Final Israel Election Results Confirm Stalemate
The final results are in from Israel's general election, with the Kadima party getting 28 seats and the Likud party with 27. This leaves Israel in a stalemate, as neither party can form a government alone.
Both sides were already racing to form a coalition with the parties who share the remaining 65 seats. Numbers show more than 65 per cent of the electorate voted in the election, which was up just slightly from 2008.
The final results of Israel's general election have confirmed that neither of the two main parties can form a government on its own.
With military and overseas ballots counted, the governing Kadima still has 28 seats and the opposition Likud has 27 - well short of the 61 they need.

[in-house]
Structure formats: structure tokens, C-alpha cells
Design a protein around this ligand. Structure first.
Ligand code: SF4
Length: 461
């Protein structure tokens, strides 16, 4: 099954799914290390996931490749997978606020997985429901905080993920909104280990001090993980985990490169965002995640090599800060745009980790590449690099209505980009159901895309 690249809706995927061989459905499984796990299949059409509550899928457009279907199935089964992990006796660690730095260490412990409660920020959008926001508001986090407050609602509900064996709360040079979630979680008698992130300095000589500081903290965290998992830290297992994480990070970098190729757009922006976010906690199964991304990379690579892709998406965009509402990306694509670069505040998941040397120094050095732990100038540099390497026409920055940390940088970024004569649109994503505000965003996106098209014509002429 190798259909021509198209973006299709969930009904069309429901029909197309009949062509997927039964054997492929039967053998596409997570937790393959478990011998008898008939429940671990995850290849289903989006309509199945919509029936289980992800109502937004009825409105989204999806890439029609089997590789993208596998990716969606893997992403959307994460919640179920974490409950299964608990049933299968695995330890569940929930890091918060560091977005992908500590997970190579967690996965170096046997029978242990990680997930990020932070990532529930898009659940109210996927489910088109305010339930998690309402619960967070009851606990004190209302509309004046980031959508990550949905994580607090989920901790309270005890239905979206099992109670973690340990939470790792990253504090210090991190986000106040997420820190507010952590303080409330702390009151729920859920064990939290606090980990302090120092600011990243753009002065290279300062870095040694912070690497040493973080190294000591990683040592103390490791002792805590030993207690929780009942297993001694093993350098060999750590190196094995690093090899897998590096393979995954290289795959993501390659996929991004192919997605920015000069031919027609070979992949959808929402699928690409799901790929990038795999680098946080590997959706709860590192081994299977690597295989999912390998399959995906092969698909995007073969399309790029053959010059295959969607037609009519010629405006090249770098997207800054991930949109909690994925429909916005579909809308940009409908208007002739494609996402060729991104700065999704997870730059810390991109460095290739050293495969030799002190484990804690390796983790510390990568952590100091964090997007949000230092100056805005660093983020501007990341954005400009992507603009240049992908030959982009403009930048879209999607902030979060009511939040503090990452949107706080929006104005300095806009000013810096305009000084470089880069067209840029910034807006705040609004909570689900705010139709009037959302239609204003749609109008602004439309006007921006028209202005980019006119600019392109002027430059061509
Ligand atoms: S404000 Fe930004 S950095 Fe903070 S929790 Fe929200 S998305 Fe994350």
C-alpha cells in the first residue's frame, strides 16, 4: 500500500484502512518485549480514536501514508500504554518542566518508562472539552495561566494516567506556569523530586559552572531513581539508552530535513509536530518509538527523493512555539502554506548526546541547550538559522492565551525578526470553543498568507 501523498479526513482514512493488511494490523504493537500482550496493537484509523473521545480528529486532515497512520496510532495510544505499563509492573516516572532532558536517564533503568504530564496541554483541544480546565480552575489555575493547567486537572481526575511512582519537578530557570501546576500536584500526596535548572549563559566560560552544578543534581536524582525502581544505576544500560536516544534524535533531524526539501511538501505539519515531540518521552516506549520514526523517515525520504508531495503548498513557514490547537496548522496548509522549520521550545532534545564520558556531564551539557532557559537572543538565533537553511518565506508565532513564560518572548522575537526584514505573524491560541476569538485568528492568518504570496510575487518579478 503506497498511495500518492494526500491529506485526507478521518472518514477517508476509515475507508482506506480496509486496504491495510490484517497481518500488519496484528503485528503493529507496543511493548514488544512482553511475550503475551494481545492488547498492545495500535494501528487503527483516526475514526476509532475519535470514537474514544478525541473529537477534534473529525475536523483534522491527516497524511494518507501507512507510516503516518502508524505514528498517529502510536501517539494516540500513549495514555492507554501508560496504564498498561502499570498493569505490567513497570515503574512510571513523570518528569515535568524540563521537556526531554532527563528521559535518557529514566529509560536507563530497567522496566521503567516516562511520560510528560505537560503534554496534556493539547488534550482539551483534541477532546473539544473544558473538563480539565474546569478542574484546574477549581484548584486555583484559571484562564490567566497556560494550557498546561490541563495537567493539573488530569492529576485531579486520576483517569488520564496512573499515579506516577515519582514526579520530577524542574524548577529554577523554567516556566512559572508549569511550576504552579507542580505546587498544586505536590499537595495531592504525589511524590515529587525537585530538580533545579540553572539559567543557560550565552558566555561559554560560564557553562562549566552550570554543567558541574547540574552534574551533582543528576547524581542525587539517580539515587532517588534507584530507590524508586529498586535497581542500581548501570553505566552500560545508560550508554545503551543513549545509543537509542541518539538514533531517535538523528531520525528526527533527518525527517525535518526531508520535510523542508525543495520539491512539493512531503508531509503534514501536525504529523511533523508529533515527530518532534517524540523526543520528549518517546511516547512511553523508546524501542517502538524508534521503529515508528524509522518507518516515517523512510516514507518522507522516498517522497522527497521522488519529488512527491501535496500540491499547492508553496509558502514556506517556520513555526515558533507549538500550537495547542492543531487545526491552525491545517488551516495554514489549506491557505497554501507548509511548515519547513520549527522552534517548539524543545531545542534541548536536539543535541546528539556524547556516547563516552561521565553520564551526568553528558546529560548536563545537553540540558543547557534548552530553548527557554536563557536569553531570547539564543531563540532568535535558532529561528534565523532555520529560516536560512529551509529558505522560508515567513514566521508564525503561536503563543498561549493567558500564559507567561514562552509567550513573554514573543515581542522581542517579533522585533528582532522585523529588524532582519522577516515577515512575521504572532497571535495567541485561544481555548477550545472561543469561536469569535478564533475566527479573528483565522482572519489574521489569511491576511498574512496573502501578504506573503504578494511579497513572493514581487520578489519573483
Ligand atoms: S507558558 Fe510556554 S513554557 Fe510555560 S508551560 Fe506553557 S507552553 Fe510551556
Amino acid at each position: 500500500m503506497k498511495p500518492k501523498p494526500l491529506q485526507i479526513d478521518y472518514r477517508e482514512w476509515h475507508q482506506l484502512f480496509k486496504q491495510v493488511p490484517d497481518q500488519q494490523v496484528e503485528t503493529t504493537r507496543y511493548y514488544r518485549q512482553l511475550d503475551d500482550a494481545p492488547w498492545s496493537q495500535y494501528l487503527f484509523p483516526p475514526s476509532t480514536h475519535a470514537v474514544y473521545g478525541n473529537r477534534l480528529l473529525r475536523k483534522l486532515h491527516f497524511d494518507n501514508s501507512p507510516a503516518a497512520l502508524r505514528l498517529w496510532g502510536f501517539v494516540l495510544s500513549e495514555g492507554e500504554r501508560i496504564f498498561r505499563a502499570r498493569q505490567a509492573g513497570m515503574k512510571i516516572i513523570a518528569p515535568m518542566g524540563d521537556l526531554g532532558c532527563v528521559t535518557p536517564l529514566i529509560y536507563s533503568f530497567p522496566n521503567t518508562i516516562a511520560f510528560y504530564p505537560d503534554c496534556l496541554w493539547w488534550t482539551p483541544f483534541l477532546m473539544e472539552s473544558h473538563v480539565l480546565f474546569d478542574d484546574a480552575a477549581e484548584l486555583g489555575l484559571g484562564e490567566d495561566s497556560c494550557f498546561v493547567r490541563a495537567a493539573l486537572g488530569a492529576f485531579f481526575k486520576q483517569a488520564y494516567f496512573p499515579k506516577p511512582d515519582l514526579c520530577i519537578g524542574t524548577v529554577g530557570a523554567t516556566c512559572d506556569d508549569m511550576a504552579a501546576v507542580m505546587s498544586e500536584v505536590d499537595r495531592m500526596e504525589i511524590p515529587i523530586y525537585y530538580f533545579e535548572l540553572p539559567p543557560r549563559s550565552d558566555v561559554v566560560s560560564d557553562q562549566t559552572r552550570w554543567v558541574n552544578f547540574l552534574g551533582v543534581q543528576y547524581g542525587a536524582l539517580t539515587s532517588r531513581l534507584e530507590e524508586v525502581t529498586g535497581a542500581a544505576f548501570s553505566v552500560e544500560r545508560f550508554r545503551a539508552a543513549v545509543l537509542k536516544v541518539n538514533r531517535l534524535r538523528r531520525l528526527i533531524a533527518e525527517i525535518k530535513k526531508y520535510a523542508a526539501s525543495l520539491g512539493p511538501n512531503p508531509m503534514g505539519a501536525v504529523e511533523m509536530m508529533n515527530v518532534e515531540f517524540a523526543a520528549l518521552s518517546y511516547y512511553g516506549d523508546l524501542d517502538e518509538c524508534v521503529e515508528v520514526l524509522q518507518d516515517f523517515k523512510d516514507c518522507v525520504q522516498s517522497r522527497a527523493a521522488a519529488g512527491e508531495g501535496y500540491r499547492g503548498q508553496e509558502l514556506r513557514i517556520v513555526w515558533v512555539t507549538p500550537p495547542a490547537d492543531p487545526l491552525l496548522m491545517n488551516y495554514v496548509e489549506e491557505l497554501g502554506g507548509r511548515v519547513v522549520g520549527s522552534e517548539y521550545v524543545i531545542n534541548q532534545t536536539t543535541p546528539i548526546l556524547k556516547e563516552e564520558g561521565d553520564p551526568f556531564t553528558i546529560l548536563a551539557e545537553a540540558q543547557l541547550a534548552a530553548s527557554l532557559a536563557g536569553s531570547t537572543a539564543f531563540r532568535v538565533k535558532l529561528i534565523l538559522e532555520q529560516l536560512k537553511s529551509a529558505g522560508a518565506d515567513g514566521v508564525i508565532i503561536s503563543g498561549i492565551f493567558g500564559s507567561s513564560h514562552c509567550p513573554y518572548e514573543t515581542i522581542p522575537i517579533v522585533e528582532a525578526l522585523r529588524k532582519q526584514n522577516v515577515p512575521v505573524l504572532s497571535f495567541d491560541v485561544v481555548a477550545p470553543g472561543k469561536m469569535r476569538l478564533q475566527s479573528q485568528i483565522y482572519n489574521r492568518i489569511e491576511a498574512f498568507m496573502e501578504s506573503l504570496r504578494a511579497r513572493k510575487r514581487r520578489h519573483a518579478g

In the final tally, conservative Likud was only 20,000 votes behind Kadima. Earlier, the difference between the parties stood at 36,000 votes in Kadima's favour.
Kadima will receive 28 seats in the 120-seat parliament and Likud 27, far less than the majority each would need to govern. Livni and Netanyahu are already hard at work trying to line up potential coalition partners.
NowPublic member Tikun has been posting about the elections and gave us the latest update on how votes from Israel's soldiers didn't change the outcome of the election.
Following the final votes' count, Kadima remained with 28 mandates, Likud was close behind with 27 mandates, Israel Beiteinu was the third biggest party with 15 mandates, Labor recieved only 13 mandates, and Shas had 11 mandates.